Preliminary hearing held for Janesville homicide suspect
Richard T. Hall testified in the preliminary hearing against James M. Humphrey, 44, Janesville, saying he helped bury the murder weapon and dumped ammunition in the Sugar River near Albany.
Hall also said he told investigators he knew nothing about the homicide and later decided to tell his story after hiring an attorney and talking with a childhood friend, who is a Janesville police officer.
Hall was one of two witnesses who testified against Humphrey during a preliminary hearing in Rock County Court. Humphrey is charged with first-degree reckless homicide in the June 4 death of Sam Aegerter, 30, of Janesville. Humphrey was bound over for trial.
Aegerter's friends and family members filled half the courtroom. Many of them cried and wore T-shirts with Aegerter's picture and the words, "You will be greatly missed."
Humphrey appeared in court in an orange jailhouse uniform, glasses and a shaved head. He briefly cried before the hearing started. His friends and family members also were in court.
The homicide happened after a confrontation at the Five Points intersection between the two motorcyclists and three men in a Jeep, Hall said. Humphrey was riding a motorcycle, and Aegerter was a passenger in a Jeep.
In court, defense attorney Robert Junig asked Hall if he was offered immunity in the case, but the question wasn't answered because of a sustained objection.
Junig asked if Hall disposed of the gun in Dubuque, Iowa, after it was buried and later dug up. Hall denied the accusation.
Junig asked Hall if he planned on buying a gun from Humphrey, and Hall said that wasn't true.
Hall said he and Humphrey had alcoholic drinks at four bars that night. He said the Jeep drove by and nearly hit their motorcycles on West Milwaukee Street.
The motorcyclists chased after the Jeep, Hall said. The Jeep stopped at Five Points intersection and words were exchanged.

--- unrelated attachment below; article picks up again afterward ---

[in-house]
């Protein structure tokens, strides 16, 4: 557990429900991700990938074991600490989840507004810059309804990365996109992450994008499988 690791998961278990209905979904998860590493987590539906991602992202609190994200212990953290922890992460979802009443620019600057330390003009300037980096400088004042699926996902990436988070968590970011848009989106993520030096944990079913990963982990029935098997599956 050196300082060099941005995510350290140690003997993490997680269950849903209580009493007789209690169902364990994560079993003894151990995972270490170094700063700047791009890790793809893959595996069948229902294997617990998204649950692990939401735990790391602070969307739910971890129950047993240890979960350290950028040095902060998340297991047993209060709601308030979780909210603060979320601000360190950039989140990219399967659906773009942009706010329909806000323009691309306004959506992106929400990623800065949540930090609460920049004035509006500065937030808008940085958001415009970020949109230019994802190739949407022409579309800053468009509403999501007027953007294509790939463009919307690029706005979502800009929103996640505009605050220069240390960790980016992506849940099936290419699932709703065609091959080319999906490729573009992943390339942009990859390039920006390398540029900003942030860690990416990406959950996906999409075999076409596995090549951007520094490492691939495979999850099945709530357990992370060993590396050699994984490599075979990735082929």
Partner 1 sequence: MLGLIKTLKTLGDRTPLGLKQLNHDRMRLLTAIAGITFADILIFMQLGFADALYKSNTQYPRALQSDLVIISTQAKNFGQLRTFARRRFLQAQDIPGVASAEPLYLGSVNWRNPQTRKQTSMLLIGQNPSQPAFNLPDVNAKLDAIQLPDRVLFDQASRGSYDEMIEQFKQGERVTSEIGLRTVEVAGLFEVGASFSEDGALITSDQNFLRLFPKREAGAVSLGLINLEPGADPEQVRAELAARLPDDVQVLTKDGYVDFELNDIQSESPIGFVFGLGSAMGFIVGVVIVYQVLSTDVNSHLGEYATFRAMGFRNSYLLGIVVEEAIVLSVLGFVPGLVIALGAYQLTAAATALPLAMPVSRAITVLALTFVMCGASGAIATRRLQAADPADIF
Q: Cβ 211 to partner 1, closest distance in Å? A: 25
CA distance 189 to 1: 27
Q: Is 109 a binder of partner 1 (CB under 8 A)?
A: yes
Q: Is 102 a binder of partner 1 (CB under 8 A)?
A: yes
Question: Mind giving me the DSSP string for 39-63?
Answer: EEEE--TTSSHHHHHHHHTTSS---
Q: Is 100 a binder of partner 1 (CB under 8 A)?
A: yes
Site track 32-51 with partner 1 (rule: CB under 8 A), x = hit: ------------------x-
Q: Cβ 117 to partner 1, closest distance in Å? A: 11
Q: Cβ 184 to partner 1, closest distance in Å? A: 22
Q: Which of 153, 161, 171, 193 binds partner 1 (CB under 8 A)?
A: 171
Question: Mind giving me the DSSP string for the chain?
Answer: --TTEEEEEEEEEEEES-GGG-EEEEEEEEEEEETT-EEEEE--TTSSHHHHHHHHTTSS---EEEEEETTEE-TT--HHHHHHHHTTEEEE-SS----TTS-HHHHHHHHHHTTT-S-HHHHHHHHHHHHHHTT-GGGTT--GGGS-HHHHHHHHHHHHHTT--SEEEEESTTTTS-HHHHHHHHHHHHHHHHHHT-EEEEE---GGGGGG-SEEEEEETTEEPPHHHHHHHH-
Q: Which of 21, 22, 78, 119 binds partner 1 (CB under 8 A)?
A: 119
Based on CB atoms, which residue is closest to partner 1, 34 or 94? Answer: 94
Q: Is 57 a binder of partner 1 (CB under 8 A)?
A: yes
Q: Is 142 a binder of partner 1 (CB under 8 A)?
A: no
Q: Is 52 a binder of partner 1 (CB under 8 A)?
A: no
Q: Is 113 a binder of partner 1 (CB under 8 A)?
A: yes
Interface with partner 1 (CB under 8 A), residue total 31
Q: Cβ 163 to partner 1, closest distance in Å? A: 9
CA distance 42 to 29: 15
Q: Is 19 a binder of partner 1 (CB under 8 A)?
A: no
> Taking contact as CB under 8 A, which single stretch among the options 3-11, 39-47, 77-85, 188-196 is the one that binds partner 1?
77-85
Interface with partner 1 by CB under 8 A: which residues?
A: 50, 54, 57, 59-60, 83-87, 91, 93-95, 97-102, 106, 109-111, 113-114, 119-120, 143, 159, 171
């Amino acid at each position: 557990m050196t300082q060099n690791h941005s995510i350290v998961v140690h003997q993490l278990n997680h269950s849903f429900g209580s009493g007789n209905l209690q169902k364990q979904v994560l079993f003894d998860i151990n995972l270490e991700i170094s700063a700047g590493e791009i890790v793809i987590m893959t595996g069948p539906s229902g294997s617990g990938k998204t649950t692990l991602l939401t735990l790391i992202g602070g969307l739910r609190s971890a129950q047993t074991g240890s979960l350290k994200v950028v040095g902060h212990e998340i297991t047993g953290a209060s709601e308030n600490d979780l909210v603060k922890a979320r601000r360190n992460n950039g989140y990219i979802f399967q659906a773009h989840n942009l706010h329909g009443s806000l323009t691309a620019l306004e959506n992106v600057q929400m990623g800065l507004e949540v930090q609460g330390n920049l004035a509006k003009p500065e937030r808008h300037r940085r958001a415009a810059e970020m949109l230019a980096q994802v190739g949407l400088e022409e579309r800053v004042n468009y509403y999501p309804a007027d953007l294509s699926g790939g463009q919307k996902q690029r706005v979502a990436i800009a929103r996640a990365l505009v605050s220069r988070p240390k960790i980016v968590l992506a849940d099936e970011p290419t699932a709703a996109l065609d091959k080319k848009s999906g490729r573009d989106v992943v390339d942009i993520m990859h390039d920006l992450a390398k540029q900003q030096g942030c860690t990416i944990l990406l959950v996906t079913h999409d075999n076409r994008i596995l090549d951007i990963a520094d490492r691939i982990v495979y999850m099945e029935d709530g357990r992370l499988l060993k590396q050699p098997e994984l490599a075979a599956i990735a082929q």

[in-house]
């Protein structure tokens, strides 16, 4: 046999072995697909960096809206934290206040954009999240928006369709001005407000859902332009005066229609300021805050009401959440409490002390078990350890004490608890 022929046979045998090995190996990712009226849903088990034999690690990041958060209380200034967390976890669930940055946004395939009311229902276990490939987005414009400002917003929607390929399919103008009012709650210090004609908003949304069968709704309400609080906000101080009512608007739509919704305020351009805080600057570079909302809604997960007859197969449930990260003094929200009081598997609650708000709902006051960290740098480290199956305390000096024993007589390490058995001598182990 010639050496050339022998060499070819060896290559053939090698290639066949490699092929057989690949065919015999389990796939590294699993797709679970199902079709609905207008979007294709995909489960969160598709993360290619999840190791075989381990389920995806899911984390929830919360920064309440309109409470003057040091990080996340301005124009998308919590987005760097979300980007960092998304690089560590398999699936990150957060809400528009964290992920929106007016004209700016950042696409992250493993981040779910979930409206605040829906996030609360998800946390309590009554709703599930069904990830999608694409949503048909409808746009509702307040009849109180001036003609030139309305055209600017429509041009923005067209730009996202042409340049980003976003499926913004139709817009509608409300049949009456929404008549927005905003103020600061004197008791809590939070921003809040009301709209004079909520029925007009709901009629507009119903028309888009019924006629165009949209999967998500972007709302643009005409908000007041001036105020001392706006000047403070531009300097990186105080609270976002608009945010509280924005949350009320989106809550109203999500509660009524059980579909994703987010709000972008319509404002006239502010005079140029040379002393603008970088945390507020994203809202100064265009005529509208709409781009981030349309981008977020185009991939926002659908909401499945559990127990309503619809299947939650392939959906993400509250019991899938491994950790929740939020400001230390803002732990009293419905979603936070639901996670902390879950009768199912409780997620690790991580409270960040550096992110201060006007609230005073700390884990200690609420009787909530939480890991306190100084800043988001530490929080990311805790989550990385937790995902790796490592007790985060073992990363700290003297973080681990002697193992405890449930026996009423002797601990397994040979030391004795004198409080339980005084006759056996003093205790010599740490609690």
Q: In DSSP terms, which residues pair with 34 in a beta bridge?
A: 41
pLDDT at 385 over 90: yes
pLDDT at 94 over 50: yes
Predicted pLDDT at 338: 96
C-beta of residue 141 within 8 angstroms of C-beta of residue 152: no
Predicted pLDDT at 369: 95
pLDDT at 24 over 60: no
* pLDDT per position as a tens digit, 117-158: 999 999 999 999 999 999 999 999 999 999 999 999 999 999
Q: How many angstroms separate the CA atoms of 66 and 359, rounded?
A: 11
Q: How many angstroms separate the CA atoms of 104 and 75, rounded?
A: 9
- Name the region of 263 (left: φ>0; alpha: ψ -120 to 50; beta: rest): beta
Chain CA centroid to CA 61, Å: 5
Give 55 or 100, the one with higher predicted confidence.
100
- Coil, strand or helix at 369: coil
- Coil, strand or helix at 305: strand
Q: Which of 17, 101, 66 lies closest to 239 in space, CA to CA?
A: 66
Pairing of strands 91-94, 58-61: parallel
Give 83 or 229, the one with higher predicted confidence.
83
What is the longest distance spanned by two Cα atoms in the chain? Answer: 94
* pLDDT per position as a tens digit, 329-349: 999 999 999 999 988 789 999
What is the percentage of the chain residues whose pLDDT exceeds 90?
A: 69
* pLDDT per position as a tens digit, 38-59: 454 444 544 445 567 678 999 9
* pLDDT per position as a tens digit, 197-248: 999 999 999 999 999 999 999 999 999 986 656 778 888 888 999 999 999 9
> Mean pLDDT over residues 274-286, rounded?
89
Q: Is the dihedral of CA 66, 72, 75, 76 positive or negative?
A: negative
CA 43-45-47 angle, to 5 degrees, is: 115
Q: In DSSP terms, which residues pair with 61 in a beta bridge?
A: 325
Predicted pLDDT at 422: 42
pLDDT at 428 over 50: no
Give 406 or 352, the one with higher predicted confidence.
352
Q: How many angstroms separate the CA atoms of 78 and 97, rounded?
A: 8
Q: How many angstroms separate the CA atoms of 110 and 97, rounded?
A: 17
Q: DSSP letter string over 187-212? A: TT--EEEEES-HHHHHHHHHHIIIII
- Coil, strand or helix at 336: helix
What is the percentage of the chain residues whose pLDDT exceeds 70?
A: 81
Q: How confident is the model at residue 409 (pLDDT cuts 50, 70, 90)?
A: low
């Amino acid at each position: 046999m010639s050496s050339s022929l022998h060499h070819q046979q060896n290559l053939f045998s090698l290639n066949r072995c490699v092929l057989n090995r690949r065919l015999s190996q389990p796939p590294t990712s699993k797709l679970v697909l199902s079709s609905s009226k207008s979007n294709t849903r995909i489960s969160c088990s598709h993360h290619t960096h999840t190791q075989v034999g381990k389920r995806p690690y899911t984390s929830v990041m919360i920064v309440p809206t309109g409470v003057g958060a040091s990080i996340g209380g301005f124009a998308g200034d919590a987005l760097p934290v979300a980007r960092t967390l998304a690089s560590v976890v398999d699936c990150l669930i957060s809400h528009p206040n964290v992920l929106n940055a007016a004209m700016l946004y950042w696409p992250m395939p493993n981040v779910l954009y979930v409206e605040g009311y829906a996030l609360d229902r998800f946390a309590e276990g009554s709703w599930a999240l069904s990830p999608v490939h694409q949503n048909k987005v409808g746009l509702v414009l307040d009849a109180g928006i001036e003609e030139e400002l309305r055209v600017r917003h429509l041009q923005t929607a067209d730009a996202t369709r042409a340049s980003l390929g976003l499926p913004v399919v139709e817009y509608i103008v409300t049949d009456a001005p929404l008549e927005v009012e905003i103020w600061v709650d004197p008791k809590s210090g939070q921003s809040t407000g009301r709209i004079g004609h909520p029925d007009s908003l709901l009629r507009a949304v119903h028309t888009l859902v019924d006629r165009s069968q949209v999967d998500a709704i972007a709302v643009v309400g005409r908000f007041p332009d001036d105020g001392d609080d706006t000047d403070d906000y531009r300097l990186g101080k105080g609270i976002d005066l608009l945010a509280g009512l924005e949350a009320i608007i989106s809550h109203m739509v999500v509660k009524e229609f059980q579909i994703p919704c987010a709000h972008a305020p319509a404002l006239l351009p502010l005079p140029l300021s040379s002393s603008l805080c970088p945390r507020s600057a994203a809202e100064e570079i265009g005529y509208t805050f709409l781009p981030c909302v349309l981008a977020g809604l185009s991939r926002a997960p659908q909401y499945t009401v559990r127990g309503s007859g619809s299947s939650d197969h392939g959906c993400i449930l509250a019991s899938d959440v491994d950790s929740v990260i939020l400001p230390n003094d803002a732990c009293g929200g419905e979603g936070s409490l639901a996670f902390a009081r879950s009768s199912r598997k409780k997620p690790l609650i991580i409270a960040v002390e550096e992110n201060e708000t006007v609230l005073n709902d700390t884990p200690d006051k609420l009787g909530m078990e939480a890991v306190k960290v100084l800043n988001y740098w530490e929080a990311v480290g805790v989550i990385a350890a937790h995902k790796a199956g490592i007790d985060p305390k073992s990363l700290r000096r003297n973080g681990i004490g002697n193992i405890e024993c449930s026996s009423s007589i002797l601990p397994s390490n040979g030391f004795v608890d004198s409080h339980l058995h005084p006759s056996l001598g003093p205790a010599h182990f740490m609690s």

"The guys in the Jeep started yelling at us, flipping us off," Hall said. "I believe me and Jim yelled something back. I'm not sure what it was."
The motorcyclists followed the Jeep on Court Street, when Hall said he challenged the men to pull over.
"At that same moment, I heard this pop," Hall said. "I ducked down and looked back. I seen Jim holding a silver handgun."
After the first shot was fired, Hall said Humphrey was pointing the gun at the Jeep and yelled at one of the passengers. Hall said the passenger gave Humphrey the middle finger.
Humphrey then fired again.
The bikers fled to Humphrey's house, where Hall confronted Humphrey with what happened.
"I said, 'Jim, What are you doing shooting a gun?'" Hall testified. "He said, 'I think I hit him.'"
"I said, 'You were f——— aiming at him?'"
"He said, 'I just snapped.'"
The two then buried the gun in the yard, Hall said. Humphrey also changed the appearance of his motorcycle.
Aegerter's family has filed a wrongful death lawsuit against Humphrey, accusing him of being responsible and liable for Aegerter's death.
Humphrey remains in the Rock County Jail on $1 million bond. If convicted, he faces a maximum 60 years in prison.
Humphrey is scheduled to be in court Aug. 11.